A Roman Column
An Eggs-eptional Holiday
My university is closed for Pasqua or Easter, and yesterday, Saturday, I was at my local Supermercato to stock up on a few essentials before it closed for Easter Sunday, and Monday, called affectionately Pasquetta, or little Easter.
I didn't have much to buy actually, this last minute grocery being only a 'what-if-I need' panic attack, which I insist on pointing out, many perfectly calm and well-organised housewives have. I mean what if a war breaks out, or a storm, or okay, a dozen unexpected guests land up for dinner?
Anyway, there I was at the only counter open, clutching a bottle of milk, a box of tea bags, a sack of onions, a loaf of bread and thou….or anyone to unburden me from my cardboard container of a dozen eggs precariously nestling between my chin and my crowded chest, and save me from dropping the lot on the floor, since I had not bothered to take the store's shopping basket.
And the lady ahead of me had a loaded trolley that she was unhurriedly emptying. Here I was worrying about making a giant omelette on the floor, while this woman was unloading another sort of egg concoction on the counter: the ubiquitous giant gift-wrapped chocolate Easter eggs that always fill the groceries for weeks before Easter. But, come on, fifteen of them?
Oh! Hurry up! I whined inside getting a stiff neck from holding in place the now warmly coddled eggs to my maternal, angora chest where I was afraid they would begin to hatch and call me 'mamma' by the time my lady's ciocolatto coated Uova di Pasqua would be checked out, one delicate package after the other! Ah! Come on! I begged silently. It was not as if these commercially produced gestures to Easter were Fabergé Eggs commissioned by some Czar. It's just a chocolate bubble filled with some plastic 'surprise' toy that kids never play with anyway, and an edible shell that no one really eats but melts everywhere. This has been my experience with giving and receiving the Easter chocolate egg when I was a mother of young kids.
The shopping episode goes without incidence, thank God. I even snap out of my Scrooge like mood and smile at the lady of the Eggs.
"Buona Pasqua!" I say.
"Kid's party. For Pasquetta," She rolls her eyes as she exits.
I smile sympathetically and the middle-aged check-out lady laughs, "Thank God mine are grown up. But Pasqua is generally more fun. As they say, 'Natale con i tuoi…"
"…e Pasqua con chi vuoi." I finish.
Christmas with your family and Easter with whomever you wish.
Today is Easter Sunday. It's wet and cold and my street is quiet. Every Italian family is together with their own or with whomever they wish for a huge Easter lunch of lamb. The table will probably display some painted, dyed eggs, and at the end of the meal some chocolate eggs for sure.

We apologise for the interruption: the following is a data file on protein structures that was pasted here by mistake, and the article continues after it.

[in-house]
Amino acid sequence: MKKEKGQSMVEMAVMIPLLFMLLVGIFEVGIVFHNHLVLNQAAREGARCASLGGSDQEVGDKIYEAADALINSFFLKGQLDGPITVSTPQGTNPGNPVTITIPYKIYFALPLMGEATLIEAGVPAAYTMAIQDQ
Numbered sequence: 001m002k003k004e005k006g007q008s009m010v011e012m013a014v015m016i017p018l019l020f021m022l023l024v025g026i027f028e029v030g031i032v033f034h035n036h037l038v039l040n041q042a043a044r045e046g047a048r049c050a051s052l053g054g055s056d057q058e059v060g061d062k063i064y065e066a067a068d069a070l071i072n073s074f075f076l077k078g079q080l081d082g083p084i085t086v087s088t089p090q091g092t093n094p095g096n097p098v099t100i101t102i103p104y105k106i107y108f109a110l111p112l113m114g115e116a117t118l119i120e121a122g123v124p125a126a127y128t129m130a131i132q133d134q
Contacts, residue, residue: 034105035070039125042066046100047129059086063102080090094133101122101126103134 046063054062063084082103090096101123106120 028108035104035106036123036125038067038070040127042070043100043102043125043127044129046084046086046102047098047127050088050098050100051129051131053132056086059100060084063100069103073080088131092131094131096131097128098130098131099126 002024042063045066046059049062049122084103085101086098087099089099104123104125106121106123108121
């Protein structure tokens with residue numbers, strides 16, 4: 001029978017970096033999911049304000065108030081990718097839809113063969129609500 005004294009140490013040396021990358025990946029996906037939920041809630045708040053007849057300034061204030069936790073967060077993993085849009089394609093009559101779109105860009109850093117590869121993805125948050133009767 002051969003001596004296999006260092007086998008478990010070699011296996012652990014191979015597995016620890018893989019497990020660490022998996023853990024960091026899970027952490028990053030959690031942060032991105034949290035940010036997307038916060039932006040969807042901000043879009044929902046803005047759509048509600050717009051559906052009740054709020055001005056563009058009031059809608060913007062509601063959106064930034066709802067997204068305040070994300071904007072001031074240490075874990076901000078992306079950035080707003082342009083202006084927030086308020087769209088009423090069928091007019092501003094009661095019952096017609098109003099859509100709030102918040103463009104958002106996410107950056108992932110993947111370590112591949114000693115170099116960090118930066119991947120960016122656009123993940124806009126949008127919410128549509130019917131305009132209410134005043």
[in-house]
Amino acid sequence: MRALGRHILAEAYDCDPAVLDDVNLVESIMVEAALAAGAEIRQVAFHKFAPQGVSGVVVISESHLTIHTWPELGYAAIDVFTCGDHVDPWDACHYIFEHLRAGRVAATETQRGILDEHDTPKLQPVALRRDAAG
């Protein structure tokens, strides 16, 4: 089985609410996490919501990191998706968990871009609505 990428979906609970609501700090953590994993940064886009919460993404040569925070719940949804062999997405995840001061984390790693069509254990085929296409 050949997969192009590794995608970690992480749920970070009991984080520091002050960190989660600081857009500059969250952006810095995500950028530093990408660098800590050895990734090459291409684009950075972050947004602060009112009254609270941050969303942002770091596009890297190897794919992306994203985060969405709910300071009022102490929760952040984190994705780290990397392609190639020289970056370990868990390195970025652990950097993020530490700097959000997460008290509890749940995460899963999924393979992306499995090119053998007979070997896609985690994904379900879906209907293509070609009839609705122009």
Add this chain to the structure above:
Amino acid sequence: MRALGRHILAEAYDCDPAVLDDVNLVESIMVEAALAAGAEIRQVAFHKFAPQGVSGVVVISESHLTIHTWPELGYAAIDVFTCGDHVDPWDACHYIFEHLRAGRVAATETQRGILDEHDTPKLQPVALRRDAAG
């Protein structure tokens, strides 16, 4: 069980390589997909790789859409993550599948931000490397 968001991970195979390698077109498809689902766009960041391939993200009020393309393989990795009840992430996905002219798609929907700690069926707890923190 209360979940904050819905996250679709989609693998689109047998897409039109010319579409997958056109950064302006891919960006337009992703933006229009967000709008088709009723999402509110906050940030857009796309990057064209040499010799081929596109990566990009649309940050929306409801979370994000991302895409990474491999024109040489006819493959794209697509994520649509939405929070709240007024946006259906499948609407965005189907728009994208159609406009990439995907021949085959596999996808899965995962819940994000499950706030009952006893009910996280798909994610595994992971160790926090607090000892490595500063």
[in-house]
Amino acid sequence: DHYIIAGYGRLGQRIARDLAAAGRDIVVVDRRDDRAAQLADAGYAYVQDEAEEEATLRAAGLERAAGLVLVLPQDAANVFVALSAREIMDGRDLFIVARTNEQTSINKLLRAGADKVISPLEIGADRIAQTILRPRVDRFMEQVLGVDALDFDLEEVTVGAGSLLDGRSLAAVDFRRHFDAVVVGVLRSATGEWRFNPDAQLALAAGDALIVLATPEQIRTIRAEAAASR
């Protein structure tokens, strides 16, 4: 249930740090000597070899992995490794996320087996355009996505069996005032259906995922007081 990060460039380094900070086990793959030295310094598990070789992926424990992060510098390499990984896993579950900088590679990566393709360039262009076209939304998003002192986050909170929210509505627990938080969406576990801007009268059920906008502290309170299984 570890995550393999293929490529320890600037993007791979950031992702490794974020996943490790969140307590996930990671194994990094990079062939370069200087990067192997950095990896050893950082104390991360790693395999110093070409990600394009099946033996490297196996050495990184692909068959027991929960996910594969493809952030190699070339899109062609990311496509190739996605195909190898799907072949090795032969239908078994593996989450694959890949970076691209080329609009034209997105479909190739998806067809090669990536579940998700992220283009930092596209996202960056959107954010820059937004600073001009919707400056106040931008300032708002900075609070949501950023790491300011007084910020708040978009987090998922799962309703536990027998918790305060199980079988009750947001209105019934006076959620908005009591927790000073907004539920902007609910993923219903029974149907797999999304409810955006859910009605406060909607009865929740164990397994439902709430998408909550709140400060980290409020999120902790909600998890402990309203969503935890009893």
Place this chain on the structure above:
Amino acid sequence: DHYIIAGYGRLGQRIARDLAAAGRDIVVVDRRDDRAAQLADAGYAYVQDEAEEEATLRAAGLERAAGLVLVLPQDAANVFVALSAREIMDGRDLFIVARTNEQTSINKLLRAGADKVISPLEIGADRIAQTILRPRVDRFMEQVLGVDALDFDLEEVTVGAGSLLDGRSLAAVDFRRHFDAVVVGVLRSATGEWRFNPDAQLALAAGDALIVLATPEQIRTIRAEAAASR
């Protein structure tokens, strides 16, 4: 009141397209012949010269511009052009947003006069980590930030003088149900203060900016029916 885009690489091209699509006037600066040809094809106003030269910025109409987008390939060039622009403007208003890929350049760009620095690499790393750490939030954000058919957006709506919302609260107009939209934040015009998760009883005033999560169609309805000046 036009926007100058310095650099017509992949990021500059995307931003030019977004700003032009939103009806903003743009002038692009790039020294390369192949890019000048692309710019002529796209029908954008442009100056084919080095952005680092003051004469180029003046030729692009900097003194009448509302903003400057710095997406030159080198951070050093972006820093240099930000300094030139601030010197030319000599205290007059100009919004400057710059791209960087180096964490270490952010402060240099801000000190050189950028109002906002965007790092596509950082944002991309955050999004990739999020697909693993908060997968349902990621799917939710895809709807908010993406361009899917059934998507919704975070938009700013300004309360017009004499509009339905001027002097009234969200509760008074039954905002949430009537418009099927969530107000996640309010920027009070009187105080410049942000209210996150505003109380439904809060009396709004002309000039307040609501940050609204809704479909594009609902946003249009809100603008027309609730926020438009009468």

But what is the relationship between Easter and eggs, someone had once asked me. I think the answer lies in the Latin proverb: Omne vivum ex ovo. 'All life comes from an egg.'
In most cultures, eggs are the symbol of life. The ancient Persians celebrated their New Year, the Nowroz, which coincides with the Spring Equinox, by decorating eggs. In some programme on the History channel they mentioned how after Christ's Ascension, Mary Magdalene went to the Roman Emperor and greeted him with 'Christ has arisen.' The Roman Emperor pointed to an egg on his table and said, "Christ has not risen any more than that egg is red." Upon this, apparently, the egg turned blood red.
To this day the tradition exists of dyeing eggs red because many Christians believe that the red symbolises the blood of Christ, redeeming and regenerating the world represented by the egg. Even un-tinged with red, the egg is considered a symbol of the Resurrection because it signifies life renewed by breaking out of it.
In medieval Christian Europe eggs were forbidden during the Lent fast, and it was during Easter that the consumption of eggs resumed. It became a part of Easter meals and a valued gift for children and servants, thus associating eggs with Easter.
Today, as families gather and feast, I am at home, quite happy to be by myself at my desk writing away while I gorge on a boiled egg and toast not because I have nothing else to eat or because I believe in the Easter bunny but because all this talk about eggs has made me hungry for the pure and simple pleasure of a hard boiled and shelled satiny pale ovoid shape that if halved carefully can reveal the perfectly round golden sun at the epicenter, containing perhaps the mystery of life, and the eternal question: should I have a another? Another delicious hard boiled and satiny pale ovoid…. etc. etc. It is after all Easter.
I sign off with shells under my thumb, a smile on my face and to all, the message that just arrived on my cell phone from a friend: Affettuosi auguri di Pasqua!
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